In a review of journalist Libby Copeland’s “The Lost Family,” Molly Sprayregen writes that the book is a fascinating deep dive into the massively popular world of direct-to-consumer DNA testing
“The Lost Family,” Abrams Books, by Libby Copeland
Journalist Libby Copeland’s “The Lost Family” is a fascinating deep dive into the massively popular world of direct-to-consumer DNA testing.
The book examines the unintended consequences of testing one’s DNA “just for fun.”
The unveiling of family secrets is quickly becoming the norm as more testers discover that the ones they thought were members of their biological family are not related to them.
Copeland introduces readers to several people who had their worlds rocked by news received from companies like 23andMe and Ancestry DNA. She follows them as they deal with the aftermath of this news and reconcile who they are and who they grew up believing themselves to be.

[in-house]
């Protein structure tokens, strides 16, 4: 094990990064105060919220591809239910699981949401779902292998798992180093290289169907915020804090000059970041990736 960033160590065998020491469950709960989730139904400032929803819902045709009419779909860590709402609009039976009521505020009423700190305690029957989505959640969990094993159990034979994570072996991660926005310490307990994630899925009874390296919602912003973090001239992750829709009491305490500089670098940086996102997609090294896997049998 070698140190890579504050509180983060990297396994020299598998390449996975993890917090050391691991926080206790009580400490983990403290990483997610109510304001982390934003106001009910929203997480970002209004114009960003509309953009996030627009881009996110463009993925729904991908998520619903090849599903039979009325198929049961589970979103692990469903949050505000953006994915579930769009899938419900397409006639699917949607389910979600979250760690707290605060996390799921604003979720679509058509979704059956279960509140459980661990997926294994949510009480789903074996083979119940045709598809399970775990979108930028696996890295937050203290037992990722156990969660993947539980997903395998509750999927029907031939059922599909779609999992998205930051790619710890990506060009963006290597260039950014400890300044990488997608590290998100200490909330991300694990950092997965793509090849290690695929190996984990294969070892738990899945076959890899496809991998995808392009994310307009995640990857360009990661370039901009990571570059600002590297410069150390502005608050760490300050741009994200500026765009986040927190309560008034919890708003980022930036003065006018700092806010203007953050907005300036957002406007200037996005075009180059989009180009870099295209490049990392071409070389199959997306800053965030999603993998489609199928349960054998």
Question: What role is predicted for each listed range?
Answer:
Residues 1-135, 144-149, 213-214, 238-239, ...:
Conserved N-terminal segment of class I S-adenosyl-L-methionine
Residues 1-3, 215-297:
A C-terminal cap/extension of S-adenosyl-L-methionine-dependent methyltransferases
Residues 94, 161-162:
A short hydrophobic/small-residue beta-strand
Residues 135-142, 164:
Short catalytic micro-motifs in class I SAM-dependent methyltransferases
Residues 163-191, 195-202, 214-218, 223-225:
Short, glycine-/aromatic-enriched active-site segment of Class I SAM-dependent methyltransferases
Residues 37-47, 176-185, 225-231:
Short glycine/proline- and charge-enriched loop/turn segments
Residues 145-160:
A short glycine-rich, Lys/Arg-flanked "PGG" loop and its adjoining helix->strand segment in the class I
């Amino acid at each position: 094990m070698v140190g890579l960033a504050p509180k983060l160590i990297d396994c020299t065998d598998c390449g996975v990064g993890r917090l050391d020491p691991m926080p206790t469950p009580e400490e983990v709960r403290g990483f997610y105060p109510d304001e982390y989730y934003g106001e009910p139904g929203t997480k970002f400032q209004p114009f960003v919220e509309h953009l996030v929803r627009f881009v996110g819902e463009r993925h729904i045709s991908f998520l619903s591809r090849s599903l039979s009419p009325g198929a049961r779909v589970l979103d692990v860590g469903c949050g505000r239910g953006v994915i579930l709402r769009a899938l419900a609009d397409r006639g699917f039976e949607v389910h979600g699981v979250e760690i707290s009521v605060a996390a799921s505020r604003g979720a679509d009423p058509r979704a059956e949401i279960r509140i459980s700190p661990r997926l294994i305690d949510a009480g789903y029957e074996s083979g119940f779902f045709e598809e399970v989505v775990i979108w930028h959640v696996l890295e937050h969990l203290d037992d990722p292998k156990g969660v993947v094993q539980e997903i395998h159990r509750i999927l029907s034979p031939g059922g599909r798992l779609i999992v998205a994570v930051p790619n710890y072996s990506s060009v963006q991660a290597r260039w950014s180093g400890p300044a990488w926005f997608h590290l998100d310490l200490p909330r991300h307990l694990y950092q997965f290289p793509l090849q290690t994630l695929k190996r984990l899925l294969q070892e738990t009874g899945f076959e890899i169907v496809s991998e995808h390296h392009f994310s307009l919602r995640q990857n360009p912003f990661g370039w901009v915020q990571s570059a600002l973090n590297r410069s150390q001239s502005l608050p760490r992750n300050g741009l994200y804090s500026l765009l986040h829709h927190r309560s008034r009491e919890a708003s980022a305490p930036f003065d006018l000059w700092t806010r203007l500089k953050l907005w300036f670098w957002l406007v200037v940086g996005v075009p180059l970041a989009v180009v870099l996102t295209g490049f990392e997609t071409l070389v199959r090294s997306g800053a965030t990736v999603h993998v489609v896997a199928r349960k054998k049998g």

Through these stories, Copeland asks the question of what identity really means and whether it is our upbringing or our genes that makes us who we are.
Through all of this, Copeland discusses the moral and ethical implications of DNA testing, examining its effects on everything from family relationships to police investigations to sperm donation. While she never concludes whether it’s ultimately a good or bad thing, Copeland will certainly have readers thinking twice before they order DNA tests as gifts for their families.
“The Lost Family” is a captivating read the whole way through.